If Insanely Twisted Shadow Planet were a person, it would be the type who bursts in on a civilized Friday night soirée, gets everyone dancing on tables and drinking tequila slammers, then suddenly disappears just as things are getting interesting (and shortly before the cops arrive).
Available on Xbox Live Arcade, the game features classic 2D scrolling shooter action (minus the restrictions of an ‘on rails’ side scroller), as well as puzzle, adventure and exploration elements. You could say there’s a bit of something for everyone. You take the role of an alien creature whose planet and sun have been infested by an aggressive, parasitic life form, which turns its formerly beautiful home world into a toxic, hostile environment. The Greens wouldn’t stand for it, and neither does our little friend… so he jumps into his agile little spacecraft to fight the invading menace.
The ship is initially equipped with a single scanner tool, but during your travels you will pick up others, as well as shield and weapon upgrades for your craft. Just like that new MP4 player you bought from some dodgy importer, it doesn’t come with a manual; however you are credited with possessing sufficient intelligence and patience to work things out for yourself (which you eventually do, courtesy of trial and error). There are a few basic visual instructions on how to operate the tools, and thankfully these are very consistent. The use of hot keys makes it easy to switch between your arsenal of gadgets and weapons, which includes a grabber tool, a basic blaster, guided rockets, a rock-eating buzz saw, and a reversible tractor beam.
Controls on the whole are extremely responsive, and your little ship can dart nimbly around the screen, dodging obstacles and enemies. It is equipped with tools and weapons which often require precision direction/aiming, and on occasion these can be tricky to direct – especially in situations where timing is critical, such as certain boss fights or trying to solve puzzles whilst evading enemies.
There’s a variety of breathtaking environments to explore, including an organic landscape (which feels like you are inside the intestinal tract of some gigantic beast), an underwater section, a crystalline ice area and mechanical/industrial zone, complete with giant wheels & cogs. A sizable and colour coded map ensures you won’t get lost in the labyrinthine tunnels, and points of interest are well highlighted. These include upgrades, collectible artifacts which unlock brief snippets of cinematics, and concept art. Some areas of the map are inaccessible until you obtain the required tool or upgrade, so there’s a bit of backtracking involved. Revisiting previously explored sections of the map isn’t too much of a chore however, since there are short cuts to most of them. Strategically located checkpoints have the added bonus of offering sanctuary from enemies, and repairing any damage your ship has sustained.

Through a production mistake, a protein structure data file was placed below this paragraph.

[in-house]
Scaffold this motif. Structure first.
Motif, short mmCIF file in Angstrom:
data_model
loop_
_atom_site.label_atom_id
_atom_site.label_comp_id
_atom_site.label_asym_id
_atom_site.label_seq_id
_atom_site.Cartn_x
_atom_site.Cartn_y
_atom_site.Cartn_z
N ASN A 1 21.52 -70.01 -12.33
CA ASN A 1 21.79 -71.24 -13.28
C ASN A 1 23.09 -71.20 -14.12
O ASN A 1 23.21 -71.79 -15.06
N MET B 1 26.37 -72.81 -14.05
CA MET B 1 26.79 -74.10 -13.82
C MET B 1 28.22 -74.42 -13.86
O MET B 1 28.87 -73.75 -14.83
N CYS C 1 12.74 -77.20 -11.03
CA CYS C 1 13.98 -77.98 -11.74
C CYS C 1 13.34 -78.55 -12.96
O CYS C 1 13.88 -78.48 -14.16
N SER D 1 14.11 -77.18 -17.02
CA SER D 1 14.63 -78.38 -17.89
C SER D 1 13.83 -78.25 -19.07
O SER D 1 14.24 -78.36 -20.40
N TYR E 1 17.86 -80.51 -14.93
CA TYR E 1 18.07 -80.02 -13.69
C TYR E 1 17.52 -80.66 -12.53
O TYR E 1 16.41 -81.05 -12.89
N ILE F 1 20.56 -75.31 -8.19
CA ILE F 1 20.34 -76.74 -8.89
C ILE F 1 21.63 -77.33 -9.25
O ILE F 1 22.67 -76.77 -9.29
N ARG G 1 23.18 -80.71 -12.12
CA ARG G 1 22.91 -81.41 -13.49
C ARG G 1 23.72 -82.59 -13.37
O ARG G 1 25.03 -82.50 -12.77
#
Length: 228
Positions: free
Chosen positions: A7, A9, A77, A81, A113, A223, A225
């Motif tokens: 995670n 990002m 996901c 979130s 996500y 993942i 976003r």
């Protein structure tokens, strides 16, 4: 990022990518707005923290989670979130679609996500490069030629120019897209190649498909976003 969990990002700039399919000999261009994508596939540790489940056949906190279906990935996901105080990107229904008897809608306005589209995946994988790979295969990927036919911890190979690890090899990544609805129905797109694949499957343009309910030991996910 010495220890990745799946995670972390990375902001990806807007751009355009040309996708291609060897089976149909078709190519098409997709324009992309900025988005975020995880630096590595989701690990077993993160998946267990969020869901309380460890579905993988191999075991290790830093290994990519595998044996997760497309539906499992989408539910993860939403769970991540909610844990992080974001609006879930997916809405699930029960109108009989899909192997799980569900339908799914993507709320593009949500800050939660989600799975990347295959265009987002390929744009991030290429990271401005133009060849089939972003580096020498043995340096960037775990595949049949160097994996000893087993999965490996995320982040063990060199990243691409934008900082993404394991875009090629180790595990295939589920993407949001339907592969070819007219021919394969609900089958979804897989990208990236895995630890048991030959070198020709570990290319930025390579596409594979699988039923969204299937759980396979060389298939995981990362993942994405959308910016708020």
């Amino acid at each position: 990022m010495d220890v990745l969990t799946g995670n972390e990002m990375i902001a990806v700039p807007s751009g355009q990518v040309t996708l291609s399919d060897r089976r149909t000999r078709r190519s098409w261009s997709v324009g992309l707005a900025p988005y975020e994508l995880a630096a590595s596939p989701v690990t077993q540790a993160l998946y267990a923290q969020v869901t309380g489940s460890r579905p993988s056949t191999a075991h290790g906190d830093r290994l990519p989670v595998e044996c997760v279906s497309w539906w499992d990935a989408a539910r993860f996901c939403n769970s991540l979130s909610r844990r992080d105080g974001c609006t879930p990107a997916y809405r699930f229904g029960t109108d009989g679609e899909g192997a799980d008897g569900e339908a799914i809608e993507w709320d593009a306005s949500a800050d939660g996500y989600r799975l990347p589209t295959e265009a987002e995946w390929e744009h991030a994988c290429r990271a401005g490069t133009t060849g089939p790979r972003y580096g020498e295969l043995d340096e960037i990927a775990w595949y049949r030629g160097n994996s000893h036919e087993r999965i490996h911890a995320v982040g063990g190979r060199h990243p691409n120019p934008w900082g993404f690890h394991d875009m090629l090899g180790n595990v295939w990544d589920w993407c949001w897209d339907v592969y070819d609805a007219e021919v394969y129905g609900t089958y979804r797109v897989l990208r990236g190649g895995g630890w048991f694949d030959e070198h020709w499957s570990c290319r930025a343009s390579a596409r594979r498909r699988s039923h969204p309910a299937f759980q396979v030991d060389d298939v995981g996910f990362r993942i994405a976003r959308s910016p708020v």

Puzzles range from the simple - such as using the (obviously) right tool for the job, to challenges requiring several steps to solve – often whilst avoiding critters who want a piece of you. We found the difficulty frustrating at times - especially without any written instructions for guidance, but never reached the point of throwing in the towel. Consequently, solving a tricky problem brings with it a real sense of satisfaction and an eagerness to tackle the next, which is the mark of a good puzzler. Enemies come in all shapes and sizes, from tiny, tadpole-like creatures to massive, screen-filling bosses with all manner of nasty tricks up their tentacles. The variance in their behaviour, attacks and defences will certainly keep you on your toes.
Graphics are very striking indeed. Effective use of stylish, black silhouettes against a colourful, multi-layered background gives the impression you are watching a cartoon, or an elaborate shadow puppet show. It’s visually reminiscent of Patapon (albeit with more depth and detail). The home world’s organic landscape is both beautiful and unsettling; we spent a good deal of time simply admiring the alien flora and fauna. Talented animator, Michel Gagné, has done a wonderful job here. An epic orchestral score accompanies cut scenes, and the incidental sounds aren’t bad, either.
The sole disappointment with this game was its duration – or lack thereof. We completed it in around 6 hours (and that includes getting seriously stuck at one point). A few more levels would have elevated this indie gem to even greater heights; however we’re not complaining too much. There are a couple more hours of fun to be had in the multiplayer game (Lantern Run), which you can play locally or online. However, once the novelty of being pursued through tunnels by a slow-moving-but-relentless beast wears off, the game has pretty much done its dash.
With its well crafted, cleverly designed levels and impressively high production values, Insanely Twisted Shadow Planet is a ‘must play’... but like that fanciful Friday night party, such a pity that it’s all over too soon.